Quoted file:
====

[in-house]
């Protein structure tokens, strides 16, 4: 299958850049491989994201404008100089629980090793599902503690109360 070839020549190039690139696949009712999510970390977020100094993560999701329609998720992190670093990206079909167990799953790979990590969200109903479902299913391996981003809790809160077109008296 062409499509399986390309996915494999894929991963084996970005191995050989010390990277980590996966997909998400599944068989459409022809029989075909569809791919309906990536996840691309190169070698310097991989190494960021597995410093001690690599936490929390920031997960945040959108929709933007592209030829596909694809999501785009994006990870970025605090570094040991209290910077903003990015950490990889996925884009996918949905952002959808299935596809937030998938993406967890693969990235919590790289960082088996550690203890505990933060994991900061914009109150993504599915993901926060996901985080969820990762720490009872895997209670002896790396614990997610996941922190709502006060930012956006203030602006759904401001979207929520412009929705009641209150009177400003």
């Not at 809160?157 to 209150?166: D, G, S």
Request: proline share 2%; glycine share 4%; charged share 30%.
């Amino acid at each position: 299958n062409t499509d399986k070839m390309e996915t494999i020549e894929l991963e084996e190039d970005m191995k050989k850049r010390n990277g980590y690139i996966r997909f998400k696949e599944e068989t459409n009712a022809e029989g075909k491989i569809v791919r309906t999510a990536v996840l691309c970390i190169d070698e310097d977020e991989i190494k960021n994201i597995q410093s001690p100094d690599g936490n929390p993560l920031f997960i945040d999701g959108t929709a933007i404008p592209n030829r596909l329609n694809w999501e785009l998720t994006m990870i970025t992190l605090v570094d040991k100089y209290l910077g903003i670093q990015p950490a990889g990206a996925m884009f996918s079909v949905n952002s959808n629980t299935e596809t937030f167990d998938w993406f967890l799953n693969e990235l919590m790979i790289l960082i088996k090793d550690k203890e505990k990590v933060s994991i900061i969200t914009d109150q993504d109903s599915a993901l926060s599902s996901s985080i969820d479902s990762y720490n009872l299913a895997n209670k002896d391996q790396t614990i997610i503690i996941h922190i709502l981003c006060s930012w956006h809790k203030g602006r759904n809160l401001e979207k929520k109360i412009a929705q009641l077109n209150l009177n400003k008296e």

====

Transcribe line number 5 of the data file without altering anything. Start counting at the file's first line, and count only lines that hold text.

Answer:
């Amino acid at each position: 299958n062409t499509d399986k070839m390309e996915t494999i020549e894929l991963e084996e190039d970005m191995k050989k850049r010390n990277g980590y690139i996966r997909f998400k696949e599944e068989t459409n009712a022809e029989g075909k491989i569809v791919r309906t999510a990536v996840l691309c970390i190169d070698e310097d977020e991989i190494k960021n994201i597995q410093s001690p100094d690599g936490n929390p993560l920031f997960i945040d999701g959108t929709a933007i404008p592209n030829r596909l329609n694809w999501e785009l998720t994006m990870i970025t992190l605090v570094d040991k100089y209290l910077g903003i670093q990015p950490a990889g990206a996925m884009f996918s079909v949905n952002s959808n629980t299935e596809t937030f167990d998938w993406f967890l799953n693969e990235l919590m790979i790289l960082i088996k090793d550690k203890e505990k990590v933060s994991i900061i969200t914009d109150q993504d109903s599915a993901l926060s599902s996901s985080i969820d479902s990762y720490n009872l299913a895997n209670k002896d391996q790396t614990i997610i503690i996941h922190i709502l981003c006060s930012w956006h809790k203030g602006r759904n809160l401001e979207k929520k109360i412009a929705q009641l077109n209150l009177n400003k008296e």